Swiss Chard Kimchi
Notes: If you've never lacto-fermented before- no fear ! It's really easy, delicious, and good for you. You're basically using salt to control the good/bad bacteria balance and the result is so much more delicious than pickling with vinegar. We used giant swiss chard that my generous friend Lila contributed from her garden, that clearly is on growth hormones. You can use the little stuff. If you don't have chard handy or growing prolifically, use any hardy green- kale, beet greens, whatever. This works wonderfully in big batches - we did about 8 pounds between several quart jars.
1lb swiss chard, leaves and rib separated, washed, and chopped into 1 inch pieces
- 1 teaspoon salt
- 1 teaspoon sesame oil
- 1 teaspoon soy sauce
- 1 teaspoon sugar
- 2 tablespoons garlic, minced
- 1 tablespoon ginger, minced or sliced thinly
- 3 tablespoons gochugaru Korean red chili powder (if you like it super hot, add a tablespoon or two more)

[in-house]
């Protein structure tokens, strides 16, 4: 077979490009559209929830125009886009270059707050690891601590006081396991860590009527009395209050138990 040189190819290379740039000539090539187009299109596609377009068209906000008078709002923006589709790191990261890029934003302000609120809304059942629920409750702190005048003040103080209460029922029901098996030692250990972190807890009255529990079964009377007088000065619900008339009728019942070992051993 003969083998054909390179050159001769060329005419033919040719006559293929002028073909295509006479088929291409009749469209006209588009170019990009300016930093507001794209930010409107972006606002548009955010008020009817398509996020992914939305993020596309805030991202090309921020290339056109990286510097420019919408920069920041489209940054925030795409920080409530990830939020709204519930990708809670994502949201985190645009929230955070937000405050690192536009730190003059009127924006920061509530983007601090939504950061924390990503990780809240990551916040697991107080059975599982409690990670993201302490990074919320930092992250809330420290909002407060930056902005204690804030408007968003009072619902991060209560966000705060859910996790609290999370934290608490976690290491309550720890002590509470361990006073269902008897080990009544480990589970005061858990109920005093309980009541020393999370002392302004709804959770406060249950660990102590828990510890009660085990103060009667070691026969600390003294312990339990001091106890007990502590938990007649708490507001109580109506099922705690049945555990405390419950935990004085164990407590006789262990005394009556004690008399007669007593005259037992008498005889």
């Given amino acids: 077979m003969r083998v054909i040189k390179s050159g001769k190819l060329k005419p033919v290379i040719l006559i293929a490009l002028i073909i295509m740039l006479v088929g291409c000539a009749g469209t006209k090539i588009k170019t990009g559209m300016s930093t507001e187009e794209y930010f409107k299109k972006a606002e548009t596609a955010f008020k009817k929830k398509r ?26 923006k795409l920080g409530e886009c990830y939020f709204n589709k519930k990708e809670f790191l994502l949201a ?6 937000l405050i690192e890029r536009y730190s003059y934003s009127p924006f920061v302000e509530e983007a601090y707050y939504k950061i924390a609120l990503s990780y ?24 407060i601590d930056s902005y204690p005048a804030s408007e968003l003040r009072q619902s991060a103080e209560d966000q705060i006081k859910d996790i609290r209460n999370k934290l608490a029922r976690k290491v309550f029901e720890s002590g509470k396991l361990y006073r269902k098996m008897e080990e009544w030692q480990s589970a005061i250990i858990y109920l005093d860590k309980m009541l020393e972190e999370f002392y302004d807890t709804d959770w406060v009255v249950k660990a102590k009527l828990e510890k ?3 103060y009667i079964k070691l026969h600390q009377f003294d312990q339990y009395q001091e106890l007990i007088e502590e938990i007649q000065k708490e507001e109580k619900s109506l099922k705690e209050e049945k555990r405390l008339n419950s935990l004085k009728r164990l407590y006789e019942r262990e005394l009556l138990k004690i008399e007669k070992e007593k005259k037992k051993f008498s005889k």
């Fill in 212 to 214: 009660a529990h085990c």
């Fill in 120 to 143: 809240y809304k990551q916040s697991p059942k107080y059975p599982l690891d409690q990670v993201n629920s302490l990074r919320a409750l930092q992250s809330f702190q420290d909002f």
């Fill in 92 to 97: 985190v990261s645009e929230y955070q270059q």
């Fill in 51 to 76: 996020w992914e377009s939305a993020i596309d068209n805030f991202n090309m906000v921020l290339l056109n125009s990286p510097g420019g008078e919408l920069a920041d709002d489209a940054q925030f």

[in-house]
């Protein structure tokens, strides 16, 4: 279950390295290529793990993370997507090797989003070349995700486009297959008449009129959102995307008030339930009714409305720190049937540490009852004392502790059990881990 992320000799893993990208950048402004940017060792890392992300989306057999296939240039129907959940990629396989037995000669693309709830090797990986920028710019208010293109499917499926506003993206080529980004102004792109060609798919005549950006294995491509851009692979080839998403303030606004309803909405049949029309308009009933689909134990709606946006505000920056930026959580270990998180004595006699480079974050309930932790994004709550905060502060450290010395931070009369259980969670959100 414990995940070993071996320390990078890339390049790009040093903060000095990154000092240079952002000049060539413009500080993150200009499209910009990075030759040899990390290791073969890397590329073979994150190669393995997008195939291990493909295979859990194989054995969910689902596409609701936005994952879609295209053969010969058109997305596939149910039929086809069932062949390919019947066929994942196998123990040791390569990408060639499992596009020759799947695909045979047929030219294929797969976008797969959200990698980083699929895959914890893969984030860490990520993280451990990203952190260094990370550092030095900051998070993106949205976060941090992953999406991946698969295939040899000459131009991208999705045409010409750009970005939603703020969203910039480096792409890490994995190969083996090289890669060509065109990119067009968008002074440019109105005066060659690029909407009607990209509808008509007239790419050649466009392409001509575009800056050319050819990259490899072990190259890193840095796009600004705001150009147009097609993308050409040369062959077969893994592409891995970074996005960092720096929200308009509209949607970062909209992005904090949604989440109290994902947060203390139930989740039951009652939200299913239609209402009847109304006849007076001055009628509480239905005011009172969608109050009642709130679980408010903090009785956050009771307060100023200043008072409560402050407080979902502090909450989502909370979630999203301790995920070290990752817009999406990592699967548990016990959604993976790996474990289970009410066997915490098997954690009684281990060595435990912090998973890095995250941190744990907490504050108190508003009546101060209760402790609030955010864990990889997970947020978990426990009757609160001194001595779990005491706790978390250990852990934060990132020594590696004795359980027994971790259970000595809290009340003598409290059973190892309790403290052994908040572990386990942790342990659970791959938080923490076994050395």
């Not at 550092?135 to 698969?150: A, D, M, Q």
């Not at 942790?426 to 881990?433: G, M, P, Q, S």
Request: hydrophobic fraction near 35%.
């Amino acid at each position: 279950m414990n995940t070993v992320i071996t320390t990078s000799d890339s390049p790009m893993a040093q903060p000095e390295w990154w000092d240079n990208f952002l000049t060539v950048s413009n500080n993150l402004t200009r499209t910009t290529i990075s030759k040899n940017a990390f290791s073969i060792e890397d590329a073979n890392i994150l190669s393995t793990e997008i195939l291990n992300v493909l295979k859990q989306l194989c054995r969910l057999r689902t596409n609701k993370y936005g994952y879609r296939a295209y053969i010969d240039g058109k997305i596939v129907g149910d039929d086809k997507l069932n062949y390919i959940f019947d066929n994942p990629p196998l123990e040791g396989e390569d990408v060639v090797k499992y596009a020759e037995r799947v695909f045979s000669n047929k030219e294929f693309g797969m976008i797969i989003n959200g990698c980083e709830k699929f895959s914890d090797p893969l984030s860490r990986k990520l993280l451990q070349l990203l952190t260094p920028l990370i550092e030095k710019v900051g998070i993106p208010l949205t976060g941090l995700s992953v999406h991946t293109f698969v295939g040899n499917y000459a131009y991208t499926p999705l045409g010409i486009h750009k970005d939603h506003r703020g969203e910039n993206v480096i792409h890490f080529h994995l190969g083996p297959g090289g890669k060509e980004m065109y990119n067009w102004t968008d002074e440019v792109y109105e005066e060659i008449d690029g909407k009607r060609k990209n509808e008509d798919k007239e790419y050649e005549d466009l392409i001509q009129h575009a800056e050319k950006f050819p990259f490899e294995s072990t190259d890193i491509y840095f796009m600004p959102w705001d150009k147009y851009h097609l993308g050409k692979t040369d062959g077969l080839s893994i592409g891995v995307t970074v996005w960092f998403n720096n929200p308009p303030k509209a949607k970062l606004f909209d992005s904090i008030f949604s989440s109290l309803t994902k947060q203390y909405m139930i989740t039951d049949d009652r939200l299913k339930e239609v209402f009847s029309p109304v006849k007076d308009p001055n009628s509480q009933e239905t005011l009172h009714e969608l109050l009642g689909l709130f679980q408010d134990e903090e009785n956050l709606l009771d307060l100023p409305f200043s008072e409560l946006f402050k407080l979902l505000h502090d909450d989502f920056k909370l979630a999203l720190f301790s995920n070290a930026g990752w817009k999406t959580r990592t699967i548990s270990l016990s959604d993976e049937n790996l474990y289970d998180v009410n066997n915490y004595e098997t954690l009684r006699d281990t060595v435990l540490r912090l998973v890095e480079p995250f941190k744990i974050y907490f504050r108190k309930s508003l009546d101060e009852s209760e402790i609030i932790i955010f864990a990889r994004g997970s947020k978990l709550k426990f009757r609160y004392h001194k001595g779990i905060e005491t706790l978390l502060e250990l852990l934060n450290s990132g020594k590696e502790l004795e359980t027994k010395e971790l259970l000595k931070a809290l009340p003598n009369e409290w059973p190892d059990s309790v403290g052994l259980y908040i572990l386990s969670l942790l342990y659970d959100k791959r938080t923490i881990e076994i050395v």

1. Sterilize jars and set aside. Combine chard with seasonings in a large bowl and massage for a minute or two with your hands until thoroughly coated (I recommend gloves here, but you could also use a spoon).
2. Pack the mixture into jars somewhat tightly as it will shrink considerably, but leave at least an inch headspace. Lightly seal and allow to sit in a cool place for at least 24 hours - generally anywhere on the counter is fine, though not in direct sunlight. Every few hours or whenever you walk by, give it a little shake (do this at least once a day). You'll notice how the seasonings start to draw out the moisture in the vegetables and a little brine is created. This is what you want.
3. After 24 hours, you can either pop the jar in the refrigerator where it will keep for months, or allow it to ferment longer. You can combine the two jars into one at this stage, if space allows -- the mixture should have condensed quite a bit by now. I highly recommend you be courageous and let it ferment longer. I'm going on day 2 (update: now day 5) with mine on the counter because I want it to get a little funky aka pickled. I'm aiming for at least a week as it keeps getting tastier each day. Keep tasting it and when you like how it tastes, put it in the fridge. I did a batch last year with turnips and bok choy and it sat out for at least a week before I put in the refrigerator. I prefer the more complex taste that develops as the fermentation continues, but it's up to you.